Burners build an art project during a dust storm on the Black Rock Playa.
Burners build an art project during a dust storm on the Black Rock Playa.
Burning Man updated Pershing County officials on this year’s festival. After a two-year hiatus due to COVID, the theme is “Waking Dreams”  for the event located again in the far northwest corner of the county from August 28 to September 5 not including weeks of setup and teardown.

BM Director of Government Affairs Marnee Benson said attendance will not reach 80,000 people to avoid any additional payments that Burning Man would owe Pershing County.

“The duration of the event as in years past is eight days,” she said. “Our population cap is 80,000 people and we will not exceed 79,999 otherwise we are going to owe you 60,000 more dollars so we are not going to let that other person in no matter how much they plead.”

Benson said 16 government agencies and about 54 people attended last month’s annual Cooperators’ Meeting including federal, tribal, state and county agencies. 

“I appreciate Sheriff Allen and his team for attending,” she said. “As we’ve seen over the last two years, there’s new folks at the agencies just as there are some new people within the Burning Man Project…Just as a reminder, we work with FAA because we have an airport, we work with BLM and state agencies on public health and safety, travel and transportation, different departments in the tribes as well as the Pyramid Lake Tribal Chair, you and Washoe County.”

During the meeting, a tabletop exercise reenacted a multi-agency response to a mock rain storm. Heavy rain can bring all vehicles to a halt due to thick mud on the Black Rock Playa.

“It was helpful to remind ourselves about the communication channels that happen during an incident like that and how we can coordinate internally on the playa but more importantly externally with outside agencies and with our communications channels,” Benson said.

Burning Man volunteers known as Black Rock Rangers will be stationed in Gerlach to assist the town with the heavy traffic and visitors headed to the playa for Burning Man, Benson said.

The 4th of Juplaya and “Everywhen” events are not related to Burning Man.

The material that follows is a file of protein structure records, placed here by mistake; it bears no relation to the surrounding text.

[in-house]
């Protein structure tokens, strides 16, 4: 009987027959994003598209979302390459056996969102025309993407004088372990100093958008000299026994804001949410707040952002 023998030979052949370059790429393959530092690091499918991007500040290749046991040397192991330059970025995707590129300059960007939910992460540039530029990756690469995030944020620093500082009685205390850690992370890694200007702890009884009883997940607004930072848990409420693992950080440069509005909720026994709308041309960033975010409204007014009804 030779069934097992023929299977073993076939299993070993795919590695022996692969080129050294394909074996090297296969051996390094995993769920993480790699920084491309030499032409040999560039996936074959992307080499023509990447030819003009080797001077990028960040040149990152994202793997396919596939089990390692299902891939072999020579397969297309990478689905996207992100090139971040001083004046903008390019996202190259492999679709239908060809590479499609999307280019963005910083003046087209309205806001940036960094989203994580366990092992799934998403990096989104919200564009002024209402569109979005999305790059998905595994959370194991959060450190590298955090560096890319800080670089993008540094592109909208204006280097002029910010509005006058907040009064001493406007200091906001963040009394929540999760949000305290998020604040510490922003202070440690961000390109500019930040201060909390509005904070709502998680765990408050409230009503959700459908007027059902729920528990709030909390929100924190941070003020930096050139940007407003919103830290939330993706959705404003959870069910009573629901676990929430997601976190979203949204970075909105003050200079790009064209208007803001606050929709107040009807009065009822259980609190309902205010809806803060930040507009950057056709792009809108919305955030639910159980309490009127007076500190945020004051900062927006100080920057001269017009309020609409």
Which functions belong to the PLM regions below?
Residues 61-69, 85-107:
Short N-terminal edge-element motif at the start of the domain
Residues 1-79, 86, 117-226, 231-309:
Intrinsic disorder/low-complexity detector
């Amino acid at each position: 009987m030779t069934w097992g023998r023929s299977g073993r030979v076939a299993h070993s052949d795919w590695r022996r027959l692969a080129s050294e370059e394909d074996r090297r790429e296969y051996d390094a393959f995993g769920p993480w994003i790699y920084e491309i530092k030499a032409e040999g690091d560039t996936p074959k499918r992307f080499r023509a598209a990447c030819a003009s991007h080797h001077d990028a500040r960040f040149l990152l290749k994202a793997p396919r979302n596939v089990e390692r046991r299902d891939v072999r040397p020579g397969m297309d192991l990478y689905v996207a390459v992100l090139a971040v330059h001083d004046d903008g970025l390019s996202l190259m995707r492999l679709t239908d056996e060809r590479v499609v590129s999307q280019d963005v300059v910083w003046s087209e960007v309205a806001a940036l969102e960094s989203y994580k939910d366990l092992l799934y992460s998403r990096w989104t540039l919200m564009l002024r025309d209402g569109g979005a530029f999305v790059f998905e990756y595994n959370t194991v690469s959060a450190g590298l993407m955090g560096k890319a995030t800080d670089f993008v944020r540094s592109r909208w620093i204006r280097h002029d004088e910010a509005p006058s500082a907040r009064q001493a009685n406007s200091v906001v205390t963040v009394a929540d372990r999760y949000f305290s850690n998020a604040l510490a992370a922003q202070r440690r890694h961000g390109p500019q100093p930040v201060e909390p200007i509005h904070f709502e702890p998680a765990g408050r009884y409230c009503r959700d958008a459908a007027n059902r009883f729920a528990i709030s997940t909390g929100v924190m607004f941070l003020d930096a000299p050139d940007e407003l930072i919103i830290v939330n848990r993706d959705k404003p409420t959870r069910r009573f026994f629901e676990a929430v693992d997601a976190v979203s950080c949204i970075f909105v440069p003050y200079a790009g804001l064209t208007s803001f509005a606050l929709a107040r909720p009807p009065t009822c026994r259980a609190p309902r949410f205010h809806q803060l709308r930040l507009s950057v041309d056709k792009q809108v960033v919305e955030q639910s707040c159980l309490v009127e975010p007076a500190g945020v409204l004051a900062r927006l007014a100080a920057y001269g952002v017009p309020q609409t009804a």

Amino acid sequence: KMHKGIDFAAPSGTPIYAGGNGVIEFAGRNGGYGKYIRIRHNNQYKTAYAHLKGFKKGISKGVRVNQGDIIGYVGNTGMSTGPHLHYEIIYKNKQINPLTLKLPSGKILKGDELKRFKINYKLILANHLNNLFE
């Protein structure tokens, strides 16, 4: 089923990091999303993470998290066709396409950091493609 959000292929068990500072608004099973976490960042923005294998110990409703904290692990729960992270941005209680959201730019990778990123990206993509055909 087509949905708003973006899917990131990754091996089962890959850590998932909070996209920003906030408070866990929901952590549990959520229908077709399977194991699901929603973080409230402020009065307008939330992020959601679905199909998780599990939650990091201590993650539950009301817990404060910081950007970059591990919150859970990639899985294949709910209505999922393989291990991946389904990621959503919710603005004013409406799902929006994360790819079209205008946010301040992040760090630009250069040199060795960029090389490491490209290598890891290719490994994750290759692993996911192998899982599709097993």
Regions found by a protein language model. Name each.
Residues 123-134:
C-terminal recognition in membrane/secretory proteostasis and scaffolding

“We’re watching social media and we know there are gatherings planned for this summer outside the Burning Man event,” Benson said. “The 4th of Juplaya is dispersed camping that’s been going on for like 20 years and then there is a permanent event called the Everywhen that has a population cap of a thousand. BLM is permitting it on the southern portion of the playa.”

Sheriff Allen said the Everywhen organizers told BLM that they are going to keep the gathering below a thousand people and so they will not be submitting for a (county) permit.”

“I think they were reliant on BLM but BLM said, no, we are not counting people for you,” he said.  “They are still in negotiations for that part of it.”

Benson said her organization is also keeping tabs on groups that plan to gather during Burning Man but outside the official closure area permitted by BLM on the Black Rock Playa.

“We are keeping an eye on people planning to go out that way during our event which can become a concern for us,” she said. “We do know that BLM has been monitoring as well,” she said. “I’m really hoping to see you all out there again.”

Benson said she hopes to issue an invitation to the seniors of Pershing County.

“It’s our favorite tour of the year and we’re doing everything we can to make that possible.”

Commissioner Carol Shank inquired about artwork for Pershing County. Burning Man officials have mentioned this in the past but no permanent art installations have been made available.

“Artwork for Pershing County. My favorite topic! This has been on my mind since we first talked eight years ago when I took this role,” Benson said. “Burning Man is getting better at supporting  artists in their endeavors to place public art more permanently instead of taking it off the playa and either storing it or repurposing it. Now that I’m hearing this from you as a priority, perhaps we can redouble our efforts. I would love to make that happen.”

Shank reminded Benson that, unlike Reno, Pershing County and Lovelock do not have the funds or the expertise for a public art installation. Beenson suggested a grant may be available for the project and promised Shank that discussion of a local art installation will continue.

“Whatever you can do to help but we would like to see some artwork here,” Shank responded.

Sheriff Jerry Allen presented his updated Burning Man budget based on a Black Rock City population between 70,000 and 79,999 festival attendees. Allen must hire law enforcement officers from surrounding agencies to assist his own deputies during the massive event.

“Some of this is tentative depending on how the contract negotiations go between the county and the entities,” Allen told the board. “Of course, this is based on the 70,000 to 79,999 population, not to exceed 80,000. If that changes, the document will have to change as well.”